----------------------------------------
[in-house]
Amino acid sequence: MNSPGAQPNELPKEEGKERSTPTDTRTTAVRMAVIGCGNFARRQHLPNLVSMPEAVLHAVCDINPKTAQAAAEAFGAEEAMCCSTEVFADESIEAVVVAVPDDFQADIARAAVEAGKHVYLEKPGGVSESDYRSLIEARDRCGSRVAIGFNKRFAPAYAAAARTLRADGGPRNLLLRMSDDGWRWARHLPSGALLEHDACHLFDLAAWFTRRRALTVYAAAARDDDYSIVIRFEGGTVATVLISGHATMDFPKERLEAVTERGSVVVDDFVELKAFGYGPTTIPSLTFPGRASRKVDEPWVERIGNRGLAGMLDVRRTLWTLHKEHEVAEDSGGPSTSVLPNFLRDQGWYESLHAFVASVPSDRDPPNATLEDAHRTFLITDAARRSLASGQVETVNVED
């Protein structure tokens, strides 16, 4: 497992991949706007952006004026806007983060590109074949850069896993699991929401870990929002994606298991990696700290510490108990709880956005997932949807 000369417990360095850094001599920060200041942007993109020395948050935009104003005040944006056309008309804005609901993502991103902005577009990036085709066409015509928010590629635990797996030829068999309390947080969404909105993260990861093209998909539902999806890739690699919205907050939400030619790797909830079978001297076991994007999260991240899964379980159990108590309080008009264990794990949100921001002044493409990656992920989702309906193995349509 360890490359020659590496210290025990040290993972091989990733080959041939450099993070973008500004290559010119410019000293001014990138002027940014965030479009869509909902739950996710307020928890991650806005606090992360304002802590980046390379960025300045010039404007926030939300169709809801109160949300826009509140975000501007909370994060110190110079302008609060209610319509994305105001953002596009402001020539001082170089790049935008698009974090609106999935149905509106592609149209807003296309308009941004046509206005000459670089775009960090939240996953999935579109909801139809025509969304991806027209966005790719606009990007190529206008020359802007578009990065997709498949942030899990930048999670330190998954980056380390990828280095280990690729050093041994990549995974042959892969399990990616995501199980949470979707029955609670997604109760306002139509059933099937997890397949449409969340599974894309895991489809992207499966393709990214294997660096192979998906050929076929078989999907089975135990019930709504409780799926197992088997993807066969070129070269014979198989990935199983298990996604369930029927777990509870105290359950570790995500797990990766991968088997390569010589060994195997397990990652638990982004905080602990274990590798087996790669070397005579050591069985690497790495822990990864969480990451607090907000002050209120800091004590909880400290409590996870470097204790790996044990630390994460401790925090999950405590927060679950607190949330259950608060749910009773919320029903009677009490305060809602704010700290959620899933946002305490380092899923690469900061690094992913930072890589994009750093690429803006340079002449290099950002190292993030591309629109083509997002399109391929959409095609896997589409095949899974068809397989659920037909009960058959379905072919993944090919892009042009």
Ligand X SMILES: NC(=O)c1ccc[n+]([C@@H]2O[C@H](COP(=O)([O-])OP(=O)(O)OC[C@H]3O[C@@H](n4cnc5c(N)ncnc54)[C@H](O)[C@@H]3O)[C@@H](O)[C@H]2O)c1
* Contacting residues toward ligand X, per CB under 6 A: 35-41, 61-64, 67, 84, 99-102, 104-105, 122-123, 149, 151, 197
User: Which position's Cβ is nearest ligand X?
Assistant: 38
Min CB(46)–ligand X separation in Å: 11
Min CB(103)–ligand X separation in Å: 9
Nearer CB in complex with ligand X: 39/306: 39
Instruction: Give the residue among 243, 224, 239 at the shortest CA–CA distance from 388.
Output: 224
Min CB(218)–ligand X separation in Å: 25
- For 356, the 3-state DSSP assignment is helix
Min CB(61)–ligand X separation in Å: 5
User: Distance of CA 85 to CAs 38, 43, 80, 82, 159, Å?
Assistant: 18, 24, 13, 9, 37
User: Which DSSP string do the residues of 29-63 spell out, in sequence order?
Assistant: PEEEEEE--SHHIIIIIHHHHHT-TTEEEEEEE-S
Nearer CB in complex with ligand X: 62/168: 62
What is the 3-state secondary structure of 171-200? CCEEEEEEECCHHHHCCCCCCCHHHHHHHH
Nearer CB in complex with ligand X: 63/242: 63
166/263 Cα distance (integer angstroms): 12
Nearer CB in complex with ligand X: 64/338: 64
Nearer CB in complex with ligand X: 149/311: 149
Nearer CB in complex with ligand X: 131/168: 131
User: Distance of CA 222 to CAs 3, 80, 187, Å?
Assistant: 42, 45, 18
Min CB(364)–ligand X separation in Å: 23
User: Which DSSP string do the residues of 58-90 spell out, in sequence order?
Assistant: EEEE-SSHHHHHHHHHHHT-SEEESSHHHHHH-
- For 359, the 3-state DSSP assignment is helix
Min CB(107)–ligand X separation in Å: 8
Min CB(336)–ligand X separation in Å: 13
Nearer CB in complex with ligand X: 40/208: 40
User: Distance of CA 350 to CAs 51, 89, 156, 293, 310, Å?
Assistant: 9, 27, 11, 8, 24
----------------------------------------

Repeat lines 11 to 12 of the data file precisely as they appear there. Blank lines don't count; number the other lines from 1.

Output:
Instruction: Give the residue among 243, 224, 239 at the shortest CA–CA distance from 388.
Output: 224